How to be an anti-racist ally in your social circle



Becoming an ally in your social circle means two things:

  1. Listening to the experiences of your marginalised friends, holding space for their feelings and using your voice and actions to fight on their behalf.
  2. Engaging with your white friends, sharing the things you have learned, leading by example, and pushing them to be better allies themselves.

Our social circles are real opportunities for dialogue, collaboration and making quick and impactful change.

What does your social circle look like?

If we’re going to talk about allyship in our social circles, the first thing we need to do is take a good look at exactly who our friends are.

Can you honestly say that you have a diverse group of friends? If not, why is that?

If your friendship circle is diverse, are you someone with whom your non-white friends can be comfortable talking openly about their lived experiences? If not, why might that be?

Don’t try to make new friends just because of the colour of their skin – this is tokenism and can be belittling to them as people. (Honestly, we know when we’re your token Black friend.)

Instead, simply notice where you’re starting from, and be conscious of the changes that happen as you continue in your public allyship.

Let your actions speak for themselves

Don’t go out of your way to tell your friends that you are now an anti-racist ally. Instead do the work, consistently, and let your actions speak for themselves.

There will be people who don’t like, or don’t see the value in what you’re doing. It’s down to you whether you try to convince them, or focus your energy on areas where you can make clear change.

There will be many others who want to learn from your example, some will reach out to tell you, and others you will impact without ever knowing you did so.

The things you do and the actions you take have ripples that will spread far beyond you.

Build a support system

To be successful in your allyship it’s important you have a support network and that you’re conscious of other people’s experiences and boundaries.

When you see photos, videos or articles about the injustices suffered by marginalised people on your news feeds, on TV or in the headlines, you might feel compelled to share it with non-white friends with a message of shock and disgust, and how sorry you are. I understand why you want to do this, but pay close attention when I say this: Please never do that again. It’s vital not to re-traumatise your marginalised friends.

We share images of Black and brown bodies being beaten, dying, gasping for breath in ways that we would never dream of sharing images of white people. If your friend hasn’t seen that particular piece, they will have seen count- less others like it. We already know. We are living it.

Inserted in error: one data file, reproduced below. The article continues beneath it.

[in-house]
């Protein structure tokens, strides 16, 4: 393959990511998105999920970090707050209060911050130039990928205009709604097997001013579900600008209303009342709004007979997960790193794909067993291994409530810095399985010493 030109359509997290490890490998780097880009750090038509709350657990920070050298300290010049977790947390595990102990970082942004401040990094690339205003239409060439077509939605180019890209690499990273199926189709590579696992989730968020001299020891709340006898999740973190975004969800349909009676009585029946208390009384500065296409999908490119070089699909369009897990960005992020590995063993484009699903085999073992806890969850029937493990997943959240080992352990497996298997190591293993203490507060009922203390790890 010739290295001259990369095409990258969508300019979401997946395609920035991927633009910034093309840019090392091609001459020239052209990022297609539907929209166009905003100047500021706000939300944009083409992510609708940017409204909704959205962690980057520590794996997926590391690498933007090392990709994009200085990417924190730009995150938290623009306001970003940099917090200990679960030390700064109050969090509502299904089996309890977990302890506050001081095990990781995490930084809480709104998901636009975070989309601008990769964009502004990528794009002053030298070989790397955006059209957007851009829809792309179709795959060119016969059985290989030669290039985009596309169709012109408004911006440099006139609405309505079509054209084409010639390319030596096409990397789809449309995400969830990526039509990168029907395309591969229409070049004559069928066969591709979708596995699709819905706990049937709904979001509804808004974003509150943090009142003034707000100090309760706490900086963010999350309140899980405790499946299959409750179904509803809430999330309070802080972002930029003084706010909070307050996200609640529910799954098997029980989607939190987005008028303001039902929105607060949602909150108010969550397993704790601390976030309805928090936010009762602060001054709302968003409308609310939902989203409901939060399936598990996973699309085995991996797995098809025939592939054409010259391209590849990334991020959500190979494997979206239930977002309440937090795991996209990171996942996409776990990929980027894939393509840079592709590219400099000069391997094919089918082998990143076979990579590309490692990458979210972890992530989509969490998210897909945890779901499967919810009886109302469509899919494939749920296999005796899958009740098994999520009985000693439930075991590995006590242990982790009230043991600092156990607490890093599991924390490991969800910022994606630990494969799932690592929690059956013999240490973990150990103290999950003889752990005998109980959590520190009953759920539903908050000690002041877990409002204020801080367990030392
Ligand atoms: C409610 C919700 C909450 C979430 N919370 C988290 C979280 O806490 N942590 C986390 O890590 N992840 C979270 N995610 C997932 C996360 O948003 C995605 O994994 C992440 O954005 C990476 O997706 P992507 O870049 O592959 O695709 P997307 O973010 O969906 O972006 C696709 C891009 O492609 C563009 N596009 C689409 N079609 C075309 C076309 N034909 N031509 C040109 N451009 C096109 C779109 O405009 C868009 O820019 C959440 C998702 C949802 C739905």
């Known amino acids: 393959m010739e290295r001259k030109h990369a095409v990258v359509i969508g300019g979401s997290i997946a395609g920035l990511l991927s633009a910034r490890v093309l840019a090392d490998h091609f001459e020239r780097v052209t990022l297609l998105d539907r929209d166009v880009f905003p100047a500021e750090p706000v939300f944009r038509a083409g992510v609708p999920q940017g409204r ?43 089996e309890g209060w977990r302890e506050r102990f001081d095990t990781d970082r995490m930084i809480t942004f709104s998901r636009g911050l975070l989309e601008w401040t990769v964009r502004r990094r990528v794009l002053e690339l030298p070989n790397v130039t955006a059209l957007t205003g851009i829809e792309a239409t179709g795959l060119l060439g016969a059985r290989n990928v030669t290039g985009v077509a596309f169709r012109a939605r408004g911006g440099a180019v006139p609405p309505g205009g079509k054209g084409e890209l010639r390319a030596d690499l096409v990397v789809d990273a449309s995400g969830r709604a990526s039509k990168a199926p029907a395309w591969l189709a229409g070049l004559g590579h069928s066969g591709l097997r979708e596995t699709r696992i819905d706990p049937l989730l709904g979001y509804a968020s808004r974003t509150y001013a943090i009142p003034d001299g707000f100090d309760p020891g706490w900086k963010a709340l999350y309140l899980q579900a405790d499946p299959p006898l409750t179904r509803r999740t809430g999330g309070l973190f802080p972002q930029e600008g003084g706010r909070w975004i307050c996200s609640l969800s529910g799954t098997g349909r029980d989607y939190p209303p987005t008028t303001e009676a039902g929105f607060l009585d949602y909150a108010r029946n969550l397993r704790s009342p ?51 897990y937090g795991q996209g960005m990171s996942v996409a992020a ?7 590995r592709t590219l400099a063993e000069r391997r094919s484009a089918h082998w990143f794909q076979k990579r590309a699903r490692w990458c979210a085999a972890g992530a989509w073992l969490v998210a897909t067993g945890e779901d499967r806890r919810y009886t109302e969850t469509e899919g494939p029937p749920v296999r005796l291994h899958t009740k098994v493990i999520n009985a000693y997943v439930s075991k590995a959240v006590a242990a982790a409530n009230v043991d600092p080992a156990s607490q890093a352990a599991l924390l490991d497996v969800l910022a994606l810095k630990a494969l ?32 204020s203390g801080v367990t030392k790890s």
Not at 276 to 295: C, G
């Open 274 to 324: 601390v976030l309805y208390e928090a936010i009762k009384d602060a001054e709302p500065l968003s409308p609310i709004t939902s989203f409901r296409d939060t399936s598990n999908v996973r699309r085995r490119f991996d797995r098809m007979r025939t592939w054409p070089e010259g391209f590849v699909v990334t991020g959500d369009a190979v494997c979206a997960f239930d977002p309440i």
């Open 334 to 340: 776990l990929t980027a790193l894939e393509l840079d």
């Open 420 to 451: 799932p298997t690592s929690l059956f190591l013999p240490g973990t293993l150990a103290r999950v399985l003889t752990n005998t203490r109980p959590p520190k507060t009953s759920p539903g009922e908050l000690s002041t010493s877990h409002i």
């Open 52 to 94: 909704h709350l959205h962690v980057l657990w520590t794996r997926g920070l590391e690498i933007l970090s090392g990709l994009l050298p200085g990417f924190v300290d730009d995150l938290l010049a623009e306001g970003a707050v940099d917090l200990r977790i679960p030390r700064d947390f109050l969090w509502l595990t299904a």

So, who can you reach out to?

Reach out to your white friends, these are the people who need to hear the message the most, and those who are most likely to have the emotional capacity to give the support that you need.
Form a support system.

Keep each other on track and motivated.

Hold space for black joy

Working and fighting for change can be hard. It’s draining work. Not least because when we begin, we are often bombarded by information about and images of Black and brown bodies suffering and in pain.

As well as having difficult conversations, make sure you are also holding space for Black and brown people to exist in your life as real, fully rounded, joyful people.

Read books about Black and brown people living, not just dying. Engage in content where they thrive, rather than just survive.

Remembering the full and complex range of lives and emotions in marginalised people is humanising, and a lot of fun. You’ll feel better for it.

Beware of performative allyship

Now is not the time to start posting pictures of yourself next to every racially marginalised person you’ve ever met or had a drink with to prove that not only are you an ally, you always have been.

Again, being an ally isn’t about proving to the world what a good person you are, but about fighting injustice and making long-term change.

Before you post a picture or even act, take a moment to consider: would you still be doing this if no one saw it?

If not, your allyship is performative, self-serving and unlikely to still be important to you once news cycles move on and Black Lives Matter stops trending.

Anti-Racist Ally: An Introduction to Action and Activism by Sophie Williams is published by HQ on 15th October, priced at £6.99

Glamour UK

Source – www.glamourmagazine.co.uk

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